Prior to his death, Collins was jailed for eight months for his involvement in a farcical armed robbery, driving the "getaway car" for a man with a toy gun.

Following time spent inside, his drug use had become heavier, and according to Burgess had begun to affect not only his moods but his playing.

In the book, Burgess writes: "I pretty much said Rob had to go. We had been recording for seven months at this point making the follow up to The Charlatans... I said, we can't have him in the band any more."

Burgess won't be drawn into saying much more, simply adding Collins had become "just destructive... maybe deep down he was bored".

A lifelong music obsessive, Burgess fills pages with his favourite bands and albums (New Order's Power, Corruption and Lies is up there) and talks in depth about his continuing music influences.

The band are off to play some gigs in Japan and will return to tour the album Tellin' Stories on its 15th anniversary. Burgess also has a solo album ready to release in 2013.

A swarm of 90s bands like Pulp, Blur, The Stones Roses and the Inspiral Carpets are all reforming to play this year but Burgess cynically suggests the Britpop era "hasn't aged well... it's protagonists have hit middle age with a bump".

So does he worry about those first grey hairs?

"Not at all but there have been stage where I have. It might have been part of the reason why I gave up doing what I was doing because of the vanity aspect, after three months of being clean people said how good I was looking."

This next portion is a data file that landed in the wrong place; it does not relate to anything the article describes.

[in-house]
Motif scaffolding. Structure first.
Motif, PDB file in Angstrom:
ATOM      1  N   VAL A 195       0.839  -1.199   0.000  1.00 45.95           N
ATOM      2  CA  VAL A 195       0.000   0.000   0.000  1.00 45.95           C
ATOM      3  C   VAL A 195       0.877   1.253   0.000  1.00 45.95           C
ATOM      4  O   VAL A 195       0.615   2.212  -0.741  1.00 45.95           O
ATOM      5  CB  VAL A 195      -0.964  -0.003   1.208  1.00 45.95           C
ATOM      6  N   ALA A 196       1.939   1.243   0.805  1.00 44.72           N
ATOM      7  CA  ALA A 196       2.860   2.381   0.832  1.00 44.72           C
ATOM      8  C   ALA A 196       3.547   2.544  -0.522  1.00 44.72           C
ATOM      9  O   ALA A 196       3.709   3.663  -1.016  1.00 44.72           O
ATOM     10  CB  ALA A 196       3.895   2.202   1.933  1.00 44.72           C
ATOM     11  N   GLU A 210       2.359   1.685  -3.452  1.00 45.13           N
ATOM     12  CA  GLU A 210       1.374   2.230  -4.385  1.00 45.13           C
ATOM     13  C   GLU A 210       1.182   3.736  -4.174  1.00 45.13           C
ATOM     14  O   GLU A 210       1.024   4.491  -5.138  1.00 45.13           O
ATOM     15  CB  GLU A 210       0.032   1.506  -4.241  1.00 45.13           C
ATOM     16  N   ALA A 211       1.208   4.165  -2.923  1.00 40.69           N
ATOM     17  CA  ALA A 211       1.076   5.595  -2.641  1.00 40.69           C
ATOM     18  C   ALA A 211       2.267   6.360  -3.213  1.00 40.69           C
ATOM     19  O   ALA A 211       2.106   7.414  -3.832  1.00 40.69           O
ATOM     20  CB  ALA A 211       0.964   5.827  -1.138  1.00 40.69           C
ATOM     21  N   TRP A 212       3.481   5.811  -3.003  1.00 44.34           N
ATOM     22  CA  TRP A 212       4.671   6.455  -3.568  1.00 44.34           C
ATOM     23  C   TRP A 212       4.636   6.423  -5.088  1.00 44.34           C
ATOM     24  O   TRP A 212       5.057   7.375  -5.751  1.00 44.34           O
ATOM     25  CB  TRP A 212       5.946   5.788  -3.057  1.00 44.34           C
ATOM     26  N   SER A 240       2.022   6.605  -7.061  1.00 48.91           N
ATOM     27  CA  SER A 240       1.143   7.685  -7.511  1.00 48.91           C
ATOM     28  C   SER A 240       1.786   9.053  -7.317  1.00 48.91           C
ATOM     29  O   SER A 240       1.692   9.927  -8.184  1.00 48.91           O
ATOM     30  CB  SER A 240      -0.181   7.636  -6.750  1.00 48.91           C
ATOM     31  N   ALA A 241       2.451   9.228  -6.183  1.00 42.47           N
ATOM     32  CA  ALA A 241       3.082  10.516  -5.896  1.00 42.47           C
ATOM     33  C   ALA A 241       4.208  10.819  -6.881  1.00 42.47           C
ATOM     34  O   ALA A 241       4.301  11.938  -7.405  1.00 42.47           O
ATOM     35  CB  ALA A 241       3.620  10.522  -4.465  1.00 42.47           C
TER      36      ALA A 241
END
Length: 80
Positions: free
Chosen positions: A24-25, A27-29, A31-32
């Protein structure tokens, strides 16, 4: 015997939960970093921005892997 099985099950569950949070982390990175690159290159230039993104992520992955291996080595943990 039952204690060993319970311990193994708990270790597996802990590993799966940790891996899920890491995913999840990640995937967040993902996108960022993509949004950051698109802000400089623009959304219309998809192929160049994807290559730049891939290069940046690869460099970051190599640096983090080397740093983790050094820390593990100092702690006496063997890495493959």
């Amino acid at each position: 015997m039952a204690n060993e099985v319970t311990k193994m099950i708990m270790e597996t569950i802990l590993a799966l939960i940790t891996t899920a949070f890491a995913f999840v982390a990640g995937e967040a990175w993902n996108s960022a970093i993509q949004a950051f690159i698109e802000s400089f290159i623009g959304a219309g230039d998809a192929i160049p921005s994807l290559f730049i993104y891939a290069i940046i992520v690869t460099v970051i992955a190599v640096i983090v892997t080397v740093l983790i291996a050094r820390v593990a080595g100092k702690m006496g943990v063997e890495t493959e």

Reviews for Telling Stories have so far been fairly positive but Burgess admits it is difficult to define how he will consider if the book is a success or not.

"At first it was just the fact that I finished it and I'm pretty happy with it.

"The interest in it says to me that it's a success now. Sales are the last thing on my mind - I just want people to come back and say that they really liked it."

And is there a potential sequel in the offing? "Yeah," says Burgess, "I'll call it Tim-book-two."

Telling Stories is released on 26 April.

Source:
BBC News External Link Show Citation

Latest News

Harvard Citation

BBC News, 2012. The Charlatans singer Tim Burgess tells all in new book [Online] (Updated 25th Apr 2012)
Available at: http://www.ukwirednews.com/news/1424677/The-Charlatans-singer-Tim-Burgess-tells-all-in-new-book [Accessed 24th Jul 2014]

News In Other Categories

  • Government 'loses £700m NHS IT legal battle with Fujitsu'

    Taxpayers could be hit with a bill for up to £700m after the government reportedly lost a legal battle with Fujitsu over a failed NHS IT system.
  • Twitter staff male-dominated

    Twitter has become the latest tech firm to admit that most of its staff members are men.
  • Glasgow 2014: NI boxers enter fray at Commonwealths

    Michael Conlan and Steven Ward are among the Northern Ireland boxers entering the fray at the Commonwealth Games in Glasgow on Friday.
  • Bristol Academy extends reach overseas with first foreign students